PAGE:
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Dapper Design in all its glory! (L) Rare Dry Gin (R) Gunpowder Proof Gin

Clearly, it was a given that we were going to have to add this one to our liquor cabinet! After receiving our very own bottle in the mail, we decided to put it in a glass and have ourselves a good time. We opted for a variation on a classic gin and tonic, which we must say was refreshingly tasty. We’ve decided to call it the Gunpowder G&T.

 

In the Gunpowder G&T, we used :

45ml Four Pillars Gunpowder Proof Gin

Juice of half a grapefruit

3 sprigs of fresh coriander

2 wedges of lime. Squeeze in juice of one and one for garnish

Ice

Schweppes Indian Tonic Water

 

In a cocktail shaker, mix the gin, leaves from two sprigs of coriander and grapefruit juice with ice. Strain into a tall glass. Top with tonic water and the lime juice. Add a few coriander leaves on the top to decorate.

Gunpowder G&T

The resulting drink was very delicious and the perfect accompaniment for a warm evening. The gin and tonic was very herbal with the coriander providing a very different flavour for a G&T. We think that all the extra ingredients pair well with the big flavour of the Gunpowder Proof Gin, which does a nice job of standing up to the coriander and grapefruit and making its presence felt. The new gin uses turmeric for an added earthy character and we think the coriander played nicely with those notes in the gin. Also speaking of grapefruit, it gives a really nice bitterness and a touch of sweetness that the lime picks up on as well so you’re treated to a whole host of wonderful flavours. Additionally, our Gunpowder G&T had a gorgeous colour and fragrant scent.

Gunpowder G&T

Similar to the Barrel Aged Gin, this one has a limited release due to the seasonal ingredients (mainly finger limes!) that are used. So, we recommend snapping up a bottle quickly if you want one in your life. Because let’s be honest, who doesn’t need quality Australian made navy strength liquor in their life?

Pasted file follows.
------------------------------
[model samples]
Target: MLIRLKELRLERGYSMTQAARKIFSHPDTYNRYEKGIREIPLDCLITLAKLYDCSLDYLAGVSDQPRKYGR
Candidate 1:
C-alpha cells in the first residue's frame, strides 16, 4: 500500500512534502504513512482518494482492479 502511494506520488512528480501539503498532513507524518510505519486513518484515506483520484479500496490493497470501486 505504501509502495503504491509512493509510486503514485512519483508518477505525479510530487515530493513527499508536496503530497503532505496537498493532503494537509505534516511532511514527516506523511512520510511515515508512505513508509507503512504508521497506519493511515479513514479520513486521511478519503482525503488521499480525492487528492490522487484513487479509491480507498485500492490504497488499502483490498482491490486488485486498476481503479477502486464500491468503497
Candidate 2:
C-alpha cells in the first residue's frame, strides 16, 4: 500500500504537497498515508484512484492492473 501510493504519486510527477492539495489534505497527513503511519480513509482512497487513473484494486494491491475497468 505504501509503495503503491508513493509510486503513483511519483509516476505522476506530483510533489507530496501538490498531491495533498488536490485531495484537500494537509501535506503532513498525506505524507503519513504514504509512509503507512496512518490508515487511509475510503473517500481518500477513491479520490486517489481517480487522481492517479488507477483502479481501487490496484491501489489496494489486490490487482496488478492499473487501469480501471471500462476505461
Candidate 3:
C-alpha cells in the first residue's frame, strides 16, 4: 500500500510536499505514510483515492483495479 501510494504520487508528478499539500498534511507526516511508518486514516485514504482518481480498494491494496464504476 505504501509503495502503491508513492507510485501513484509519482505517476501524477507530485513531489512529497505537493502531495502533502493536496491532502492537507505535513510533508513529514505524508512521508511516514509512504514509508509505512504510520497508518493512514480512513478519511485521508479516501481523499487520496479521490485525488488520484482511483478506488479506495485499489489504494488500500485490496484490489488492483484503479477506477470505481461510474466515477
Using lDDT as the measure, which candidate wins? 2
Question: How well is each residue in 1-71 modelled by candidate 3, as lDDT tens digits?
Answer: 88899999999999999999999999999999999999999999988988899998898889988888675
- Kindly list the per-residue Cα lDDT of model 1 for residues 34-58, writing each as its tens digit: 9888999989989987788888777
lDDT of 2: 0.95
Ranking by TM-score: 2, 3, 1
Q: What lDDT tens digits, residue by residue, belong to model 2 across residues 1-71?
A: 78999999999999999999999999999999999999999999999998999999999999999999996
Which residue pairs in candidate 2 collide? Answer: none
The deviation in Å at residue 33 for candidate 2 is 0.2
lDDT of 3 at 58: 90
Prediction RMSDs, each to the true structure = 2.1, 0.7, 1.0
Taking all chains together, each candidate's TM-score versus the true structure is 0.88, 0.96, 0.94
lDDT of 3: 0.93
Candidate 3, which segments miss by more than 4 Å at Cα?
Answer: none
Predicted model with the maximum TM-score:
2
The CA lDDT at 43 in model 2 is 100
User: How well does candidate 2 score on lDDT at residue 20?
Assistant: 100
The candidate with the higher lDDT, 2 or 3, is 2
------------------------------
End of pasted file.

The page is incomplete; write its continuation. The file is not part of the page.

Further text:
Gunpowder G&T

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Now Serving – Blood Orange Collins

By The Gentleman

Four Pillars

A little while ago The Lady and I were lucky enough to secure a bottle of Four Pillars limited run Barrel Aged Gin. We were so pleased with the original Four Pillars Rare Dry Gin that staying up till midnight on World Gin Day to ensure we got a bottle was a small price to pay. We’ve had the bottle for sometime now but never got around to properly trying it out. Rightly we’ve now rectified that, making a variation of the classic Tom Collins.

Four Pillars

We chose to make a Tom Collins style drink based on the exceptionally stylish little recipe book that came with our bottle of Four Pillars Barrel Aged Gin. It contains a few classic recipes you can make with the Barrel Aged Gin. It’s just a really nice touch that shows the dedication and care taken to deliver an awesome product by Four Pillars. The design of the bottle continues that dedication to style, as the bottle has the same aesthetic as the original Rare Dry Gin. The lighter tones echo the colour of the aged gin quite nicely and the two bottles look quite dashing on the shelf.

Four Pillars

Blood Orange Collins
60ml Four Pillars Barrel Aged Gin
45 ml Blood Orange Juice
15 ml Simple Syrup
Fever Tree Soda Water
Ice

Build the drink in a high ball glass filled with ice. Top with soda water. Add a fancy straw. I opted to grill my blood oranges a little bit with some sugar, but it’s not really an essential step. Simple syrup is also extremely easy to make, just combine 1 cup of sugar, I used caster sugar, and 1 cup of water in a saucepan over medium heat until the sugar dissolves. When it has dissolved remove from the heat to cool, then refrigerate. It’ll last a little while, but if you up the ratio to 2 cups sugar to 1 cup water you’re syrup will last even longer.